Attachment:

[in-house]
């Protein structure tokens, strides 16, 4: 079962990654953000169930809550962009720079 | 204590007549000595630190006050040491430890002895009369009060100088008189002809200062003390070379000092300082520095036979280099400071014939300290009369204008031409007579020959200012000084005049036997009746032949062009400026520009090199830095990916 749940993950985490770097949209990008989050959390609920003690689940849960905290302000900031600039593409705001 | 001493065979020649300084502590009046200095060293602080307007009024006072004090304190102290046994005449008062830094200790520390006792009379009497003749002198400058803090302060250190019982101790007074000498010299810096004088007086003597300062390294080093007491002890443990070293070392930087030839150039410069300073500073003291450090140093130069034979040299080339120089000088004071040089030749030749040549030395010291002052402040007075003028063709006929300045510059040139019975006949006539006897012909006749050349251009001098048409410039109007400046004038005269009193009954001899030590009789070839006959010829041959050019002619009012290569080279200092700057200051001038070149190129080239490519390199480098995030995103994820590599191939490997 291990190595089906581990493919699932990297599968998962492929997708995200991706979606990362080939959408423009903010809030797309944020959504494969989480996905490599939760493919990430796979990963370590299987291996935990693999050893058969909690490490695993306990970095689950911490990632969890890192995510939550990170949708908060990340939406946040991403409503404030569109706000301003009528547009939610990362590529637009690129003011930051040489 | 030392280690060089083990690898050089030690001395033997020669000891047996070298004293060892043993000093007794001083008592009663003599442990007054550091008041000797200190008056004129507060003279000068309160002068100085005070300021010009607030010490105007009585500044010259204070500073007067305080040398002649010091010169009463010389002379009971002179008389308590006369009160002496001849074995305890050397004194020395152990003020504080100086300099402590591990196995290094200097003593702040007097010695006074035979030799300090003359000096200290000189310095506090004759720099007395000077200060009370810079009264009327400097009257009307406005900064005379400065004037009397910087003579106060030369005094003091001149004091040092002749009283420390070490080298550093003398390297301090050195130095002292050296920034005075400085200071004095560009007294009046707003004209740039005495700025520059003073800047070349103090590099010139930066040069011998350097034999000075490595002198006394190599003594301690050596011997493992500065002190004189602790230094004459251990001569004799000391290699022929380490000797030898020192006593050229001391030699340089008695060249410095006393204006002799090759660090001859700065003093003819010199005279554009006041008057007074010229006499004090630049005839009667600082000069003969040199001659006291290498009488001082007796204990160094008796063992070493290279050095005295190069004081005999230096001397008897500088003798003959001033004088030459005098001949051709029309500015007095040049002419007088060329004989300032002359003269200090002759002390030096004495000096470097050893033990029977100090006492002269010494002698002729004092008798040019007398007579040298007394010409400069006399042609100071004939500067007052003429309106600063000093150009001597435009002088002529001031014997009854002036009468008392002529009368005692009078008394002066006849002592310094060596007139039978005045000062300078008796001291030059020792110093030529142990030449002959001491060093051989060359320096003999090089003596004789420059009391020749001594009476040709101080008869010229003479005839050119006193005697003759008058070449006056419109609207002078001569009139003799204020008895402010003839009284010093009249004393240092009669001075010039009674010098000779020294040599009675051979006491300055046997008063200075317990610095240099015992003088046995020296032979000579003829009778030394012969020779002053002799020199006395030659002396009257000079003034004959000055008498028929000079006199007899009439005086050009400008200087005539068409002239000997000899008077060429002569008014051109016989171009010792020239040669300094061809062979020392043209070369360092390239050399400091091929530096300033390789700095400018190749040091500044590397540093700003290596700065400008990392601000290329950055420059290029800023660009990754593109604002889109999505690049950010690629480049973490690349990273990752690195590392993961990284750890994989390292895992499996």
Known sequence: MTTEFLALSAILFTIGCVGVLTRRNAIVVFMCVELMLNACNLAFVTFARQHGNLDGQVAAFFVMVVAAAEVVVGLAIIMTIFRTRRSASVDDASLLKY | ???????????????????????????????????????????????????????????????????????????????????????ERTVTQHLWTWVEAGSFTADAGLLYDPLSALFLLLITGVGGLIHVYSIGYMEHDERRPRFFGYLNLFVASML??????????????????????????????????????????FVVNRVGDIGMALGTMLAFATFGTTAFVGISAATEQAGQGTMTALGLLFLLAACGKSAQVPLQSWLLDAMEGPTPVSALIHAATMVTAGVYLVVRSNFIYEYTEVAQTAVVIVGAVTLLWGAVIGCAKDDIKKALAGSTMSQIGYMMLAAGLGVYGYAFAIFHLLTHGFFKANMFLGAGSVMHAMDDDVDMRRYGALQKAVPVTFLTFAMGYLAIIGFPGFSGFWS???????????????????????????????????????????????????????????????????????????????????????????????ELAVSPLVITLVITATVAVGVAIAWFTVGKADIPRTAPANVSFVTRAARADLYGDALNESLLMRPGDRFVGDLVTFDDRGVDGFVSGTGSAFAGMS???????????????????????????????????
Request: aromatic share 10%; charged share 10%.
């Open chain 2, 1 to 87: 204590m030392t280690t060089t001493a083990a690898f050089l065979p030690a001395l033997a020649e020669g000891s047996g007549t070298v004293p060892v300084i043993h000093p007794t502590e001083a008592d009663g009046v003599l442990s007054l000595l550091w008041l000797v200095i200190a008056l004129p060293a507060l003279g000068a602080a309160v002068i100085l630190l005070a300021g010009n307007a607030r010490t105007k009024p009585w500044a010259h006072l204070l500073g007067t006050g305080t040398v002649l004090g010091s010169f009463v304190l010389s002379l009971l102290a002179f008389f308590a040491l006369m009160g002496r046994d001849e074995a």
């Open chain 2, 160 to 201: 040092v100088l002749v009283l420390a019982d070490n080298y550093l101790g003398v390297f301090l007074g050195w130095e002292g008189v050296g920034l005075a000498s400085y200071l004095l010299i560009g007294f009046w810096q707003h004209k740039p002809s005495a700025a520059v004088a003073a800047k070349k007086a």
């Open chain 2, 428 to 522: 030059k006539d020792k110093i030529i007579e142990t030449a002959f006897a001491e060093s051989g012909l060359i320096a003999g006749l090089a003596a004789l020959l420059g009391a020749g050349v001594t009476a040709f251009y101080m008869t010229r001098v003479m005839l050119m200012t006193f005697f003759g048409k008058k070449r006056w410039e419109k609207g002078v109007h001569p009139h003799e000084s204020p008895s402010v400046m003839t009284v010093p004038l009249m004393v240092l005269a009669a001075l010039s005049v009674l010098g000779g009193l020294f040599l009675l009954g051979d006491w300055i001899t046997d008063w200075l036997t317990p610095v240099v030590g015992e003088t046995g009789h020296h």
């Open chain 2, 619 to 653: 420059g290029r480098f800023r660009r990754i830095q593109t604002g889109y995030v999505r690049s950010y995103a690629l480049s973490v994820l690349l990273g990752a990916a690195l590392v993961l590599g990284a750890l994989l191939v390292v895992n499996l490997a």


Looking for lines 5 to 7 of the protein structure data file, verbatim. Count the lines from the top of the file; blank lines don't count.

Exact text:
């Open chain 2, 1 to 87: 204590m030392t280690t060089t001493a083990a690898f050089l065979p030690a001395l033997a020649e020669g000891s047996g007549t070298v004293p060892v300084i043993h000093p007794t502590e001083a008592d009663g009046v003599l442990s007054l000595l550091w008041l000797v200095i200190a008056l004129p060293a507060l003279g000068a602080a309160v002068i100085l630190l005070a300021g010009n307007a607030r010490t105007k009024p009585w500044a010259h006072l204070l500073g007067t006050g305080t040398v002649l004090g010091s010169f009463v304190l010389s002379l009971l102290a002179f008389f308590a040491l006369m009160g002496r046994d001849e074995a």
């Open chain 2, 160 to 201: 040092v100088l002749v009283l420390a019982d070490n080298y550093l101790g003398v390297f301090l007074g050195w130095e002292g008189v050296g920034l005075a000498s400085y200071l004095l010299i560009g007294f009046w810096q707003h004209k740039p002809s005495a700025a520059v004088a003073a800047k070349k007086a």
């Open chain 2, 428 to 522: 030059k006539d020792k110093i030529i007579e142990t030449a002959f006897a001491e060093s051989g012909l060359i320096a003999g006749l090089a003596a004789l020959l420059g009391a020749g050349v001594t009476a040709f251009y101080m008869t010229r001098v003479m005839l050119m200012t006193f005697f003759g048409k008058k070449r006056w410039e419109k609207g002078v109007h001569p009139h003799e000084s204020p008895s402010v400046m003839t009284v010093p004038l009249m004393v240092l005269a009669a001075l010039s005049v009674l010098g000779g009193l020294f040599l009675l009954g051979d006491w300055i001899t046997d008063w200075l036997t317990p610095v240099v030590g015992e003088t046995g009789h020296h």